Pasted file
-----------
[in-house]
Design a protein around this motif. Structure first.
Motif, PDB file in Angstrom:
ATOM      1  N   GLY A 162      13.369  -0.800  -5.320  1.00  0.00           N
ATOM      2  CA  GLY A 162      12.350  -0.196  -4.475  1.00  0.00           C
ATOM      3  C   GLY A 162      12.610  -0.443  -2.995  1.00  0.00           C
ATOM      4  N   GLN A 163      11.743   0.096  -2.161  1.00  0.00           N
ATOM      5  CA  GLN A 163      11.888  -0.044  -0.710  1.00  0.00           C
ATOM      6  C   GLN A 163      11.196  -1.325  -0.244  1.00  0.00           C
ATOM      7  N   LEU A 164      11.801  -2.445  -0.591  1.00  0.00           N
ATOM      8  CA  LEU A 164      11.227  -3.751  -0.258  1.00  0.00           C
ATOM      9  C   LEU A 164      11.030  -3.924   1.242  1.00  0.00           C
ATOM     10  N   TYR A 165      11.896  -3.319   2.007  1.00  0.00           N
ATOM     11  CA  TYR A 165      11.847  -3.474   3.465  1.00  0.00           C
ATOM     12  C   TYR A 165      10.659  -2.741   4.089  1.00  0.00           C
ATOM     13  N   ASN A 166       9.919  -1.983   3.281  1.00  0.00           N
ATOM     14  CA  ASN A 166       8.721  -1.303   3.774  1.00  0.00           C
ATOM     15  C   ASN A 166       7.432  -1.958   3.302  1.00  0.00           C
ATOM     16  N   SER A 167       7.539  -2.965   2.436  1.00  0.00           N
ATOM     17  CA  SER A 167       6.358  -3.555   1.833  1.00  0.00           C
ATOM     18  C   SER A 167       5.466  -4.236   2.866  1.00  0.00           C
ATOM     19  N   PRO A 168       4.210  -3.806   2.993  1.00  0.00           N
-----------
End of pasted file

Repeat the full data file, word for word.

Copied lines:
[in-house]
Design a protein around this motif. Structure first.
Motif, PDB file in Angstrom:
ATOM      1  N   GLY A 162      13.369  -0.800  -5.320  1.00  0.00           N
ATOM      2  CA  GLY A 162      12.350  -0.196  -4.475  1.00  0.00           C
ATOM      3  C   GLY A 162      12.610  -0.443  -2.995  1.00  0.00           C
ATOM      4  N   GLN A 163      11.743   0.096  -2.161  1.00  0.00           N
ATOM      5  CA  GLN A 163      11.888  -0.044  -0.710  1.00  0.00           C
ATOM      6  C   GLN A 163      11.196  -1.325  -0.244  1.00  0.00           C
ATOM      7  N   LEU A 164      11.801  -2.445  -0.591  1.00  0.00           N
ATOM      8  CA  LEU A 164      11.227  -3.751  -0.258  1.00  0.00           C
ATOM      9  C   LEU A 164      11.030  -3.924   1.242  1.00  0.00           C
ATOM     10  N   TYR A 165      11.896  -3.319   2.007  1.00  0.00           N
ATOM     11  CA  TYR A 165      11.847  -3.474   3.465  1.00  0.00           C
ATOM     12  C   TYR A 165      10.659  -2.741   4.089  1.00  0.00           C
ATOM     13  N   ASN A 166       9.919  -1.983   3.281  1.00  0.00           N
ATOM     14  CA  ASN A 166       8.721  -1.303   3.774  1.00  0.00           C
ATOM     15  C   ASN A 166       7.432  -1.958   3.302  1.00  0.00           C
ATOM     16  N   SER A 167       7.539  -2.965   2.436  1.00  0.00           N
ATOM     17  CA  SER A 167       6.358  -3.555   1.833  1.00  0.00           C
ATOM     18  C   SER A 167       5.466  -4.236   2.866  1.00  0.00           C
ATOM     19  N   PRO A 168       4.210  -3.806   2.993  1.00  0.00           N